Update 3/20/15 – The Lower Pottsgrove Zoning Hearing Board unanimously denied the zoning-variances request from GEG Investments, effectively ending its bid to build a self-storage facility on its property at Orlando and Mauger Roads and North Charlotte Street. The project had faced heavy opposition from local residents.
Among the variances requested by GEG was permission to forego connecting to the township sewage system. The 272-unit storage facility would not have had an onsite office.
GEG Manager Guido DiCicco told the “Reading Eagle” he was unsure how the developer would proceed with the property.
2/19/15 – A self-storage project proposed for Lower Pottsgrove, Pa., is facing heavy opposition from local residents. Property owner GEG Investments LLC intends to build a 272-unit storage facility on 4.3 acres at Orlando and Mauger Roads and North Charlotte Street, but about two dozen residents attended a zoning board hearing this week to voice their disapproval.
Paul Prince, an attorney representing resident Tim Palladino, also submitted a petition containing 30 online signatures of people opposing the project. Residents contend there should be a more suitable use for the property consistent with the current commercial zoning. The site previously housed a used-car dealership but hasn’t been used in recent years, according to the source.
Residents also are concerned about increased traffic in the area and possible safety issues caused by customers moving boats and recreational vehicles in and out of the property along North Charlotte Street, the source reported.
GEG has proposed a fully automated self-storage facility. The plan doesn’t include any customer restrooms or a management office, although GEG Manager Guido DiCicco said the company is open to installing a portable toilet for tenant use. The business wouldn’t employ any onsite staff, but customers could call DiCicco at his office, which is about seven minutes away, with any issues, he said.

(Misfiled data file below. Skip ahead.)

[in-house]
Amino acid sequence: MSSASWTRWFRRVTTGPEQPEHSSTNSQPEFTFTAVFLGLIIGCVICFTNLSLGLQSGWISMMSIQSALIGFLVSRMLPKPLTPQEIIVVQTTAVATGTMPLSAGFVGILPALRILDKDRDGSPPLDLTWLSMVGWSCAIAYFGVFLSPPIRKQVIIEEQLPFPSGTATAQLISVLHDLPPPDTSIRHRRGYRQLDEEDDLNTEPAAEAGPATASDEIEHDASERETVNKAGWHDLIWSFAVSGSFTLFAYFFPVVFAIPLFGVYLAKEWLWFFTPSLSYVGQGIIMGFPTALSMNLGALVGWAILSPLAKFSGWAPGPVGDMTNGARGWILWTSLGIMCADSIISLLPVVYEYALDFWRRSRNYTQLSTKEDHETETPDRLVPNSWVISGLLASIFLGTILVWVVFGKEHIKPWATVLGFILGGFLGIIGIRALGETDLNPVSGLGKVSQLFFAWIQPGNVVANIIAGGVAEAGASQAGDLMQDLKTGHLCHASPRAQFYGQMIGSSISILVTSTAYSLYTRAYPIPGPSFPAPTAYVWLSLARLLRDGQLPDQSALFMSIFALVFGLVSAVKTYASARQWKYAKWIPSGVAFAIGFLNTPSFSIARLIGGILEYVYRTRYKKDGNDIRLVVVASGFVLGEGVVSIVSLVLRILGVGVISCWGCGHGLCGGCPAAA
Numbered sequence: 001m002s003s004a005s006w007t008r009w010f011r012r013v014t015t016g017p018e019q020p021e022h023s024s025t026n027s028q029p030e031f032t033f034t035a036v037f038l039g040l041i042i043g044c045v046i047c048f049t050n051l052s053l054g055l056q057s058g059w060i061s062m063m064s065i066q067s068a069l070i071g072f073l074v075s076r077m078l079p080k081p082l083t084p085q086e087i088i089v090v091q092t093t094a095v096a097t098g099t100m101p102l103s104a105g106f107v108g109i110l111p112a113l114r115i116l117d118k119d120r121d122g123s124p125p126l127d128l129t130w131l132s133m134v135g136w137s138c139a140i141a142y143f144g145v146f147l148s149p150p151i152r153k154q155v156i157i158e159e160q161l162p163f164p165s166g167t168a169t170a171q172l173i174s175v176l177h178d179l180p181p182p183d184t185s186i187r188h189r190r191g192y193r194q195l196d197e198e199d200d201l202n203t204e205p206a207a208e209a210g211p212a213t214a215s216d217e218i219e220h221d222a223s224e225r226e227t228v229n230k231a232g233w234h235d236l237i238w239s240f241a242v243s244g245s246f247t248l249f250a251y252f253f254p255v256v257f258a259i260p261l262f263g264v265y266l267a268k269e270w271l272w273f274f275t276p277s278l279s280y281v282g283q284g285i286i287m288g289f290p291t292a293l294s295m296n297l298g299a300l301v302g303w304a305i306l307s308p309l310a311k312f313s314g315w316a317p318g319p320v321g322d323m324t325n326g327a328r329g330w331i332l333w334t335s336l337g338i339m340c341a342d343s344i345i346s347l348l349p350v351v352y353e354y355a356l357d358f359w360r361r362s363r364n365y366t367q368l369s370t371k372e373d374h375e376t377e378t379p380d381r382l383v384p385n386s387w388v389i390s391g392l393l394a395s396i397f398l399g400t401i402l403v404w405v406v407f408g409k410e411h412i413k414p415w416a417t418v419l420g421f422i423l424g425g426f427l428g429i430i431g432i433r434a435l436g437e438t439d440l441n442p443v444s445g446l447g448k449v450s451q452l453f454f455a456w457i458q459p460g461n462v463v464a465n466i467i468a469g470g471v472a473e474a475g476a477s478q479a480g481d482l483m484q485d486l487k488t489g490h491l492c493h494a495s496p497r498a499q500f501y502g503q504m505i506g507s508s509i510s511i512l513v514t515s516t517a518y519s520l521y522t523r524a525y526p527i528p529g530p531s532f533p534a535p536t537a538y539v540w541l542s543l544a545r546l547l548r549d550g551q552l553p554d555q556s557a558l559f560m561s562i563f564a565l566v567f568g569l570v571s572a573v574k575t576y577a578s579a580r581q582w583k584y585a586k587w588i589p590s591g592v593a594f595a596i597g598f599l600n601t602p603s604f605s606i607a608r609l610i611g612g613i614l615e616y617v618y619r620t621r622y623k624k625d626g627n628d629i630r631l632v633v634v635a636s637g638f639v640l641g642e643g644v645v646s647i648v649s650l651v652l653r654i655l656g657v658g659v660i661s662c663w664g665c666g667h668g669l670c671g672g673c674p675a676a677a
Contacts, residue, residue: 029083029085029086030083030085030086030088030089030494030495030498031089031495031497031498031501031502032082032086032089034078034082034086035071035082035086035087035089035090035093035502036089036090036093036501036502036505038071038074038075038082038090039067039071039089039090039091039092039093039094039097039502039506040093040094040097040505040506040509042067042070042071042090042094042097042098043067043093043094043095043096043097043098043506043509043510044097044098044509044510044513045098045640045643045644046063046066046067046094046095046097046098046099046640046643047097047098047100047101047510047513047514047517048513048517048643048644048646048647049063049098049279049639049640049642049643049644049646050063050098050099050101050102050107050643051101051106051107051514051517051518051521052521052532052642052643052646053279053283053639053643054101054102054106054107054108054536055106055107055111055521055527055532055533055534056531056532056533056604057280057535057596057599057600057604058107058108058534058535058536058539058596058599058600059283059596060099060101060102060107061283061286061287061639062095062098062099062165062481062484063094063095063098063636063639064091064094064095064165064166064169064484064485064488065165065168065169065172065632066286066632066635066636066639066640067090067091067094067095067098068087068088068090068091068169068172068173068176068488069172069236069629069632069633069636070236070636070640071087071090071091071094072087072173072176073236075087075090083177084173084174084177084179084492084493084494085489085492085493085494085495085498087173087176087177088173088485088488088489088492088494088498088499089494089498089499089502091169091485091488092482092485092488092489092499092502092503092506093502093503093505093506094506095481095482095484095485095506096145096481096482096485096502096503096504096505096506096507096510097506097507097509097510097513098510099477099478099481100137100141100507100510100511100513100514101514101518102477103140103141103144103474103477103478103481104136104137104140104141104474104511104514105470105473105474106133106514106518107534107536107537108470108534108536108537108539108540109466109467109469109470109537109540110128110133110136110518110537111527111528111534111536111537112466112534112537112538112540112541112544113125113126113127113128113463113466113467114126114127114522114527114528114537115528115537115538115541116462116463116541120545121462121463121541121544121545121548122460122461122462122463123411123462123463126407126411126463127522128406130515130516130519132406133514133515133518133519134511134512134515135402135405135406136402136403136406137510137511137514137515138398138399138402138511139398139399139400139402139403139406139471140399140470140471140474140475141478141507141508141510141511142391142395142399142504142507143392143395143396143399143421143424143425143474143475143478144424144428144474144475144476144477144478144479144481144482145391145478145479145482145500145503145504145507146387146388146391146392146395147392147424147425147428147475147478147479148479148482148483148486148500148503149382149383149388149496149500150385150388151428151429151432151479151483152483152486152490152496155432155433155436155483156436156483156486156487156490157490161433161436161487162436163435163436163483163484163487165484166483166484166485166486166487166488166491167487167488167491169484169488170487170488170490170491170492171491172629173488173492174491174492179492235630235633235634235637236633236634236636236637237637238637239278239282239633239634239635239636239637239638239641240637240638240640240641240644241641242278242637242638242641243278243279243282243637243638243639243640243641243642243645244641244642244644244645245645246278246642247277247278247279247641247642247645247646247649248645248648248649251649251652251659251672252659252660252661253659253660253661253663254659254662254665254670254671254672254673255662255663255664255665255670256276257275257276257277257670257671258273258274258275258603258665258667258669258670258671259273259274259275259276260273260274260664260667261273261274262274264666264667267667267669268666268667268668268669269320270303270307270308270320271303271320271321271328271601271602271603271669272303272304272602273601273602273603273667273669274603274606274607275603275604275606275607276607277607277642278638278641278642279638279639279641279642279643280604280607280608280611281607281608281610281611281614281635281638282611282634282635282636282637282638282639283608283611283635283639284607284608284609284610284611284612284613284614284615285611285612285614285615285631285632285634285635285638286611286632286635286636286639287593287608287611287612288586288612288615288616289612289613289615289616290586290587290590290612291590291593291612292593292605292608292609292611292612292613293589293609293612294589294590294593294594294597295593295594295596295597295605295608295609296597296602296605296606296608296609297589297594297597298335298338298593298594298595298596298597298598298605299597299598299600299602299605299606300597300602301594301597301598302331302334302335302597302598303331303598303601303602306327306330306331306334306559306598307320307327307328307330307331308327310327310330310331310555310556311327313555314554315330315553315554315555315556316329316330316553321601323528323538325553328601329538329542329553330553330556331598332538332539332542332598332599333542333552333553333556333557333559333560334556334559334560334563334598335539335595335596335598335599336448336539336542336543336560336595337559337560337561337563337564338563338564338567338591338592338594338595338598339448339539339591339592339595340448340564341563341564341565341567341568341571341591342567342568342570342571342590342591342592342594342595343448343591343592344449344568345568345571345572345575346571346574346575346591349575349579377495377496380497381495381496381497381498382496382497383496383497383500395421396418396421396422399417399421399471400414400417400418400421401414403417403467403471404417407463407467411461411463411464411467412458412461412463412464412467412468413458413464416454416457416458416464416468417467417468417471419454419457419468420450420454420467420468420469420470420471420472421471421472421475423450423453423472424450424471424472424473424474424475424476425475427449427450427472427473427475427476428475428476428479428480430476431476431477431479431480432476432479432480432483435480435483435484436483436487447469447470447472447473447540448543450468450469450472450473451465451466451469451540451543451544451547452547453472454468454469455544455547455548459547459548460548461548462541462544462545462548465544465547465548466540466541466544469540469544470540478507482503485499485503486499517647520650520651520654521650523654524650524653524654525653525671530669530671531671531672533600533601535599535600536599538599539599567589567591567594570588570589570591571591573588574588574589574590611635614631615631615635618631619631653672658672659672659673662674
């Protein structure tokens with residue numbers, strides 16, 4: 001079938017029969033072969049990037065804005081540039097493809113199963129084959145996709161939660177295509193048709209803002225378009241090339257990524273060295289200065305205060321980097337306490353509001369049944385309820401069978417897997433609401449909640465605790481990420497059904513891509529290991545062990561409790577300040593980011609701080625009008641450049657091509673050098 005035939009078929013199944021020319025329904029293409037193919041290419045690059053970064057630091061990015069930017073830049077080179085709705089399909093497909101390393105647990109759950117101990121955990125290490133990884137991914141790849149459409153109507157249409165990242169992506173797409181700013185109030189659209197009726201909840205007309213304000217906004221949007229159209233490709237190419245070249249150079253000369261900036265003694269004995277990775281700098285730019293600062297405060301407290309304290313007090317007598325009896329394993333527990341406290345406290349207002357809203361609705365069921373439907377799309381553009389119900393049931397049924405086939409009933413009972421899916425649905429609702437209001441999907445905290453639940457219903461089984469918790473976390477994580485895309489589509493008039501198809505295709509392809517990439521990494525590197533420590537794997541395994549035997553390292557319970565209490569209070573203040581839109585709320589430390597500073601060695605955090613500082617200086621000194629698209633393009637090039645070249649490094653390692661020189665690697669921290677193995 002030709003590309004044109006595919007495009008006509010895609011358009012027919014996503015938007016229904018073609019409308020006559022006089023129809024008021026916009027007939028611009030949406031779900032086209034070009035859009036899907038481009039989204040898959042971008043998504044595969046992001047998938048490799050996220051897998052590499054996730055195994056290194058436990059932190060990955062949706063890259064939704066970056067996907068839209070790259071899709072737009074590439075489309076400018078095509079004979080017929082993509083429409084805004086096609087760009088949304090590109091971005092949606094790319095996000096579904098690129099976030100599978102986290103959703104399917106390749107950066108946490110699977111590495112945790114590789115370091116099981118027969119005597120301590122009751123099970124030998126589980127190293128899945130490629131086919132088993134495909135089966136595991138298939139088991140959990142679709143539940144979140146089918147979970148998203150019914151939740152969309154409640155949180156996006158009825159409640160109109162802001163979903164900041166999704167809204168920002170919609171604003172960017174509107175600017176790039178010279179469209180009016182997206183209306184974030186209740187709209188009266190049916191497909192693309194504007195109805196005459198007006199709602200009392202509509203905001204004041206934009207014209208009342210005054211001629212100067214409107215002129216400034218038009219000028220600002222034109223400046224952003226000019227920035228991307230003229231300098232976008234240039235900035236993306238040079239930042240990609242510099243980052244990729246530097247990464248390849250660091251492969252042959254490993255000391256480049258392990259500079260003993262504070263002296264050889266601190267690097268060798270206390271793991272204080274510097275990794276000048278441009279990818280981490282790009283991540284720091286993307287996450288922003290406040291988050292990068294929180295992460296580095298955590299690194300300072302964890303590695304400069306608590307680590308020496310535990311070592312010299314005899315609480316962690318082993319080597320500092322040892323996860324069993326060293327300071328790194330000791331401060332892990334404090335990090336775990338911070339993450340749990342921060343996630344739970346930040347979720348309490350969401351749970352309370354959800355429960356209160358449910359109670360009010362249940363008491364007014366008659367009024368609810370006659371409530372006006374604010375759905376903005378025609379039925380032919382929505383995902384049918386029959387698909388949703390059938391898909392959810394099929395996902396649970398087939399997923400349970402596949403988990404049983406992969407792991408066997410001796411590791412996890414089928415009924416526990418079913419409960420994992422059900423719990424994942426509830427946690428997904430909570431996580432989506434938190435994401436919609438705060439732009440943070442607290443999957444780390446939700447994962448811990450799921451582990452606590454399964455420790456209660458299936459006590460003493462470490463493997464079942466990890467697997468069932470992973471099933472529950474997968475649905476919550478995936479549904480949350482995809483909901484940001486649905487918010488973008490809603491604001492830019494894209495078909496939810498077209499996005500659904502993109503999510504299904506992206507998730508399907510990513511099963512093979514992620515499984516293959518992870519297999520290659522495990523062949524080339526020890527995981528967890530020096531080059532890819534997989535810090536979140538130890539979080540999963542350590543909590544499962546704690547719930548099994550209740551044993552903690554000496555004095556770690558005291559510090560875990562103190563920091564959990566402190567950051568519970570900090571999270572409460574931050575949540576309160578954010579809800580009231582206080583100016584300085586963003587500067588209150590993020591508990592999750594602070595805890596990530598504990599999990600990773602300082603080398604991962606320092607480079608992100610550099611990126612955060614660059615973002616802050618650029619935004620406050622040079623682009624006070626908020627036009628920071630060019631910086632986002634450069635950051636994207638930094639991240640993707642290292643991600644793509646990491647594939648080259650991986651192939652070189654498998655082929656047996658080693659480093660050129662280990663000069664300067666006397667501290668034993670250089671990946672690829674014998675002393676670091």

Landscaping at the property would be expanded to serve as a buffer between the facility and neighborhood. The site would feature black-rail perimeter fencing and a wrought-iron fence with pillars at the entrance. Plastic screening would be used to hide stored vehicles from the street. Customers would have gated, keycard access between 6 a.m. and 10 p.m., according to the source.
Charles Garner, an attorney representing GEG, told the zoning board the company would be open to possible conditions set by the zoning board in order to gain approval. “Obviously, those conditions would be up to you; but my client would be amenable to reasonable conditions,” he said.
In addressing acceptable uses for the property, Garner challenged the board and residents to suggest a more suitable use under current zoning based on the parcel’s history. “With all due respect to Mr. Prince and his opinions, we believe that a self-storage facility for individuals to store their goods is of the same general character as a number of the uses that are outlined in the [commercial office district],” he said.
The zoning board voted to continue the hearing on March 17. On Feb. 2, township commissioners said they wouldn’t take action on the proposal unless GEG received approval from the zoning hearing board.